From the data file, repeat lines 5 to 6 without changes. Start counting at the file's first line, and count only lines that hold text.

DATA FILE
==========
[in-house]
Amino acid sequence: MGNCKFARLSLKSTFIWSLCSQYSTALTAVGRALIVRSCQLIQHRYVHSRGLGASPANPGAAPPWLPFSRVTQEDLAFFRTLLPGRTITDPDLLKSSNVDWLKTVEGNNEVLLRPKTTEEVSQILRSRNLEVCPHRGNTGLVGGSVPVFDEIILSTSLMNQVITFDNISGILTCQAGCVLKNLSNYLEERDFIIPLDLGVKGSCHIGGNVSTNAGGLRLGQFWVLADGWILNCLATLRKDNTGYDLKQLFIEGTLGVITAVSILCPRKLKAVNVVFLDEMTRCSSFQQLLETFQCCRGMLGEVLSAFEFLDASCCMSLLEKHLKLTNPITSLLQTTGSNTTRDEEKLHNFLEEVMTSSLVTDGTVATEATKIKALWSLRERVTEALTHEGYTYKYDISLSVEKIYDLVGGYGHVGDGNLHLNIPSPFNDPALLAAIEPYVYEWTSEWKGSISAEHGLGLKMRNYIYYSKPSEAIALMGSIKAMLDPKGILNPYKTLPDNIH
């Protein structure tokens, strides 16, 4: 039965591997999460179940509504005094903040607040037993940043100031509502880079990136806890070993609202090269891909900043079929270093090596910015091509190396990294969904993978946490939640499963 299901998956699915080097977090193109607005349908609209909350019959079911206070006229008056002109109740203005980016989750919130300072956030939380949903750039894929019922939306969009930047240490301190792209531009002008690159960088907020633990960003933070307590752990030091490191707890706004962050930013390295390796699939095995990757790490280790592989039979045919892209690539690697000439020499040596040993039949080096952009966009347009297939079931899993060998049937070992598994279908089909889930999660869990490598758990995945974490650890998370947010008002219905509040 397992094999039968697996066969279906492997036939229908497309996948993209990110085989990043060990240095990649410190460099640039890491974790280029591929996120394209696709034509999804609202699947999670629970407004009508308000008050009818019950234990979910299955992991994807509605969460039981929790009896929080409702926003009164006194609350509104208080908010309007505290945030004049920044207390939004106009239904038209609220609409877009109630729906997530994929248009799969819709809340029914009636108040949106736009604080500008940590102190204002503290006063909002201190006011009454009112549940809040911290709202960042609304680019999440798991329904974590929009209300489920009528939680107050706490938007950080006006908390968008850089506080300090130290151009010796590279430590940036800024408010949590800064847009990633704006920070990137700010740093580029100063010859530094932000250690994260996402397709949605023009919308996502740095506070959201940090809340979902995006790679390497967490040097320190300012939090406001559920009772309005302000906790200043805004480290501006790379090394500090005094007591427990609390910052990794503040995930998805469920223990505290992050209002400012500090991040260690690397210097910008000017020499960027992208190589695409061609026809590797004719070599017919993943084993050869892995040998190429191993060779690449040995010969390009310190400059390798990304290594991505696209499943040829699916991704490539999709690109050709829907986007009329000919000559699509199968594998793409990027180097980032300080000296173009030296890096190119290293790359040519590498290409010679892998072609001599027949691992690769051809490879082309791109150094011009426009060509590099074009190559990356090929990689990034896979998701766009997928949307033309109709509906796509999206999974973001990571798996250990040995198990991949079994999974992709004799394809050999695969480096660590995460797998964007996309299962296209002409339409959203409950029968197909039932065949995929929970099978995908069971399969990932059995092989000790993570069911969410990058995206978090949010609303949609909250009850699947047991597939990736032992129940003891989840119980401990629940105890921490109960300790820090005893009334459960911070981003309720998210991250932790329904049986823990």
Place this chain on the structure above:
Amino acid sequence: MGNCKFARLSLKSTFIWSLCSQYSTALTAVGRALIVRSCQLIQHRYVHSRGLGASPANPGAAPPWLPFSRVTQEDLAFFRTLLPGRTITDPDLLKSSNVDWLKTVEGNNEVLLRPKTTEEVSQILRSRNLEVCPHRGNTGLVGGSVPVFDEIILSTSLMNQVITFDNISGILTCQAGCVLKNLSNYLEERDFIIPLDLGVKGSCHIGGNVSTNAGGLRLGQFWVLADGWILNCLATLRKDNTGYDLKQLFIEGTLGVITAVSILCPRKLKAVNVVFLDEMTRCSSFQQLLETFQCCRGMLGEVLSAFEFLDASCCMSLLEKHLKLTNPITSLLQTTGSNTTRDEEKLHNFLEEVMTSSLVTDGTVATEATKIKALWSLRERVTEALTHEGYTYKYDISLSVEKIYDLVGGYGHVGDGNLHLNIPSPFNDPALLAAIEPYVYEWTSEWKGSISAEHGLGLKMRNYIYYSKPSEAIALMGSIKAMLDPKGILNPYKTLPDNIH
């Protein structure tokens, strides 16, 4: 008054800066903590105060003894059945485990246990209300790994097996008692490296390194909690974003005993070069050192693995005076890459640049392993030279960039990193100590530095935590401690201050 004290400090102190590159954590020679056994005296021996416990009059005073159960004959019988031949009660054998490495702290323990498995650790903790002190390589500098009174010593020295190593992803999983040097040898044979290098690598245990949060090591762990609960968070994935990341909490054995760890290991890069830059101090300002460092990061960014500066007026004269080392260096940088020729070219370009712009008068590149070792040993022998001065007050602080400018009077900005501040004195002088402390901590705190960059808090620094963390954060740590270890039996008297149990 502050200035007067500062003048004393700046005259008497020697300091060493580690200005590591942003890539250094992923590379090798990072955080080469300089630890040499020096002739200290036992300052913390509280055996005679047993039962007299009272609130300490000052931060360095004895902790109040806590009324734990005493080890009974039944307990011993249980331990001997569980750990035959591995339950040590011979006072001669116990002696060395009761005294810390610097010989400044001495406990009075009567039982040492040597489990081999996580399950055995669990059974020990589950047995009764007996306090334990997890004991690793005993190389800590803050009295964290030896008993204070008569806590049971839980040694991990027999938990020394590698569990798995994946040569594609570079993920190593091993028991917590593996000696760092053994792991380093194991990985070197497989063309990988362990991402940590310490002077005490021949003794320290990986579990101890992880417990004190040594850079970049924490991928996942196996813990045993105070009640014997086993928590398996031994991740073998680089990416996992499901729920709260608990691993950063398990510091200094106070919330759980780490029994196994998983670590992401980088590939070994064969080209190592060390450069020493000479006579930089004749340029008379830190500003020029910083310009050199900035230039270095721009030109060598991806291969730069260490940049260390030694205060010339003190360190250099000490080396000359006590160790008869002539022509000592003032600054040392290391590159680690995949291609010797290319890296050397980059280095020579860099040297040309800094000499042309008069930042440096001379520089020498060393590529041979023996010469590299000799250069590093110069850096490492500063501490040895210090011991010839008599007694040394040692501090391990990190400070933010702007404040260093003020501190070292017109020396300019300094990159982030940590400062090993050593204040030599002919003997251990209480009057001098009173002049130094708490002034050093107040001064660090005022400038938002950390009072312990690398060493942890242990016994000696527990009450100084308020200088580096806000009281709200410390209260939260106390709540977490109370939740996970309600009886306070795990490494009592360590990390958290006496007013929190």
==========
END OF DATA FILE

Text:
Amino acid sequence: MGNCKFARLSLKSTFIWSLCSQYSTALTAVGRALIVRSCQLIQHRYVHSRGLGASPANPGAAPPWLPFSRVTQEDLAFFRTLLPGRTITDPDLLKSSNVDWLKTVEGNNEVLLRPKTTEEVSQILRSRNLEVCPHRGNTGLVGGSVPVFDEIILSTSLMNQVITFDNISGILTCQAGCVLKNLSNYLEERDFIIPLDLGVKGSCHIGGNVSTNAGGLRLGQFWVLADGWILNCLATLRKDNTGYDLKQLFIEGTLGVITAVSILCPRKLKAVNVVFLDEMTRCSSFQQLLETFQCCRGMLGEVLSAFEFLDASCCMSLLEKHLKLTNPITSLLQTTGSNTTRDEEKLHNFLEEVMTSSLVTDGTVATEATKIKALWSLRERVTEALTHEGYTYKYDISLSVEKIYDLVGGYGHVGDGNLHLNIPSPFNDPALLAAIEPYVYEWTSEWKGSISAEHGLGLKMRNYIYYSKPSEAIALMGSIKAMLDPKGILNPYKTLPDNIH
């Protein structure tokens, strides 16, 4: 008054800066903590105060003894059945485990246990209300790994097996008692490296390194909690974003005993070069050192693995005076890459640049392993030279960039990193100590530095935590401690201050 004290400090102190590159954590020679056994005296021996416990009059005073159960004959019988031949009660054998490495702290323990498995650790903790002190390589500098009174010593020295190593992803999983040097040898044979290098690598245990949060090591762990609960968070994935990341909490054995760890290991890069830059101090300002460092990061960014500066007026004269080392260096940088020729070219370009712009008068590149070792040993022998001065007050602080400018009077900005501040004195002088402390901590705190960059808090620094963390954060740590270890039996008297149990 502050200035007067500062003048004393700046005259008497020697300091060493580690200005590591942003890539250094992923590379090798990072955080080469300089630890040499020096002739200290036992300052913390509280055996005679047993039962007299009272609130300490000052931060360095004895902790109040806590009324734990005493080890009974039944307990011993249980331990001997569980750990035959591995339950040590011979006072001669116990002696060395009761005294810390610097010989400044001495406990009075009567039982040492040597489990081999996580399950055995669990059974020990589950047995009764007996306090334990997890004991690793005993190389800590803050009295964290030896008993204070008569806590049971839980040694991990027999938990020394590698569990798995994946040569594609570079993920190593091993028991917590593996000696760092053994792991380093194991990985070197497989063309990988362990991402940590310490002077005490021949003794320290990986579990101890992880417990004190040594850079970049924490991928996942196996813990045993105070009640014997086993928590398996031994991740073998680089990416996992499901729920709260608990691993950063398990510091200094106070919330759980780490029994196994998983670590992401980088590939070994064969080209190592060390450069020493000479006579930089004749340029008379830190500003020029910083310009050199900035230039270095721009030109060598991806291969730069260490940049260390030694205060010339003190360190250099000490080396000359006590160790008869002539022509000592003032600054040392290391590159680690995949291609010797290319890296050397980059280095020579860099040297040309800094000499042309008069930042440096001379520089020498060393590529041979023996010469590299000799250069590093110069850096490492500063501490040895210090011991010839008599007694040394040692501090391990990190400070933010702007404040260093003020501190070292017109020396300019300094990159982030940590400062090993050593204040030599002919003997251990209480009057001098009173002049130094708490002034050093107040001064660090005022400038938002950390009072312990690398060493942890242990016994000696527990009450100084308020200088580096806000009281709200410390209260939260106390709540977490109370939740996970309600009886306070795990490494009592360590990390958290006496007013929190």